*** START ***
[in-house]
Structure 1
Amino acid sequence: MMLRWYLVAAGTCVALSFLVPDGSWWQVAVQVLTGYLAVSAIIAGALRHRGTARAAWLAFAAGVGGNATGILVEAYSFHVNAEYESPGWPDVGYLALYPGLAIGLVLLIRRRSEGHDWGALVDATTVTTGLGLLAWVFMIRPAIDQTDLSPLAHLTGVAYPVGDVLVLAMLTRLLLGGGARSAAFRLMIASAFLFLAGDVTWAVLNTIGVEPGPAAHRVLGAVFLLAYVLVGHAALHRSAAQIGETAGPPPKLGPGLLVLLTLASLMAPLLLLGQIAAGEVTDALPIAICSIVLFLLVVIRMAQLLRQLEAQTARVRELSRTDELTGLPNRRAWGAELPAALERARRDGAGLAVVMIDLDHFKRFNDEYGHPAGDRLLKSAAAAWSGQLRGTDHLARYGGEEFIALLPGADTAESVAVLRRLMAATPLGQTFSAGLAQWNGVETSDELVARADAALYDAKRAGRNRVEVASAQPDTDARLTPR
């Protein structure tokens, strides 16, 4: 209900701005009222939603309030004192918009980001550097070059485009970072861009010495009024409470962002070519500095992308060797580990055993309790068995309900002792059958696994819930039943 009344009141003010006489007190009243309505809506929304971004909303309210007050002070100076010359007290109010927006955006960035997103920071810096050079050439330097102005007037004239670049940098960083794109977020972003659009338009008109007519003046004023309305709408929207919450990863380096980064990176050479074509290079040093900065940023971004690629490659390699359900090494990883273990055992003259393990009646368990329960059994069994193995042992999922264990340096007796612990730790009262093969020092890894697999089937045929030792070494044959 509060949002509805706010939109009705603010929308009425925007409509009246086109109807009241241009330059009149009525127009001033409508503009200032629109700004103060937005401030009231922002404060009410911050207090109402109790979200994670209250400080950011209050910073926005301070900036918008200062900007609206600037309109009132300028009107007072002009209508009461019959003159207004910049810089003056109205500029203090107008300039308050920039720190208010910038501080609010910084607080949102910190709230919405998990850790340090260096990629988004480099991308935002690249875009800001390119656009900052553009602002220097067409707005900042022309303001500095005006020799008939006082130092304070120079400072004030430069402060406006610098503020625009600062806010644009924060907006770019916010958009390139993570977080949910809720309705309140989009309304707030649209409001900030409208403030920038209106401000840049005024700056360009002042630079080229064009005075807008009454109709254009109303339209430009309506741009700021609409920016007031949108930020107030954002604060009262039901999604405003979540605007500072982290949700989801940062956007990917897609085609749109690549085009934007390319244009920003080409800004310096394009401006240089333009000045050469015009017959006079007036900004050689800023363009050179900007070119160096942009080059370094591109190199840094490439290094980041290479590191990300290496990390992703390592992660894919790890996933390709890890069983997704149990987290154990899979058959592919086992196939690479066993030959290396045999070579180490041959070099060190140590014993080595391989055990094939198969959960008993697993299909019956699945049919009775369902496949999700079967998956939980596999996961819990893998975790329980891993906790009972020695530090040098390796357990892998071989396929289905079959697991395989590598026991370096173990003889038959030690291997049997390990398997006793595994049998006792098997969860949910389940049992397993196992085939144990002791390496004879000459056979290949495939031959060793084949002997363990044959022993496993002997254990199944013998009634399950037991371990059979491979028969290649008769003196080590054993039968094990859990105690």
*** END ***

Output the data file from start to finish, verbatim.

[in-house]
Structure 1
Amino acid sequence: MMLRWYLVAAGTCVALSFLVPDGSWWQVAVQVLTGYLAVSAIIAGALRHRGTARAAWLAFAAGVGGNATGILVEAYSFHVNAEYESPGWPDVGYLALYPGLAIGLVLLIRRRSEGHDWGALVDATTVTTGLGLLAWVFMIRPAIDQTDLSPLAHLTGVAYPVGDVLVLAMLTRLLLGGGARSAAFRLMIASAFLFLAGDVTWAVLNTIGVEPGPAAHRVLGAVFLLAYVLVGHAALHRSAAQIGETAGPPPKLGPGLLVLLTLASLMAPLLLLGQIAAGEVTDALPIAICSIVLFLLVVIRMAQLLRQLEAQTARVRELSRTDELTGLPNRRAWGAELPAALERARRDGAGLAVVMIDLDHFKRFNDEYGHPAGDRLLKSAAAAWSGQLRGTDHLARYGGEEFIALLPGADTAESVAVLRRLMAATPLGQTFSAGLAQWNGVETSDELVARADAALYDAKRAGRNRVEVASAQPDTDARLTPR
């Protein structure tokens, strides 16, 4: 209900701005009222939603309030004192918009980001550097070059485009970072861009010495009024409470962002070519500095992308060797580990055993309790068995309900002792059958696994819930039943 009344009141003010006489007190009243309505809506929304971004909303309210007050002070100076010359007290109010927006955006960035997103920071810096050079050439330097102005007037004239670049940098960083794109977020972003659009338009008109007519003046004023309305709408929207919450990863380096980064990176050479074509290079040093900065940023971004690629490659390699359900090494990883273990055992003259393990009646368990329960059994069994193995042992999922264990340096007796612990730790009262093969020092890894697999089937045929030792070494044959 509060949002509805706010939109009705603010929308009425925007409509009246086109109807009241241009330059009149009525127009001033409508503009200032629109700004103060937005401030009231922002404060009410911050207090109402109790979200994670209250400080950011209050910073926005301070900036918008200062900007609206600037309109009132300028009107007072002009209508009461019959003159207004910049810089003056109205500029203090107008300039308050920039720190208010910038501080609010910084607080949102910190709230919405998990850790340090260096990629988004480099991308935002690249875009800001390119656009900052553009602002220097067409707005900042022309303001500095005006020799008939006082130092304070120079400072004030430069402060406006610098503020625009600062806010644009924060907006770019916010958009390139993570977080949910809720309705309140989009309304707030649209409001900030409208403030920038209106401000840049005024700056360009002042630079080229064009005075807008009454109709254009109303339209430009309506741009700021609409920016007031949108930020107030954002604060009262039901999604405003979540605007500072982290949700989801940062956007990917897609085609749109690549085009934007390319244009920003080409800004310096394009401006240089333009000045050469015009017959006079007036900004050689800023363009050179900007070119160096942009080059370094591109190199840094490439290094980041290479590191990300290496990390992703390592992660894919790890996933390709890890069983997704149990987290154990899979058959592919086992196939690479066993030959290396045999070579180490041959070099060190140590014993080595391989055990094939198969959960008993697993299909019956699945049919009775369902496949999700079967998956939980596999996961819990893998975790329980891993906790009972020695530090040098390796357990892998071989396929289905079959697991395989590598026991370096173990003889038959030690291997049997390990398997006793595994049998006792098997969860949910389940049992397993196992085939144990002791390496004879000459056979290949495939031959060793084949002997363990044959022993496993002997254990199944013998009634399950037991371990059979491979028969290649008769003196080590054993039968094990859990105690």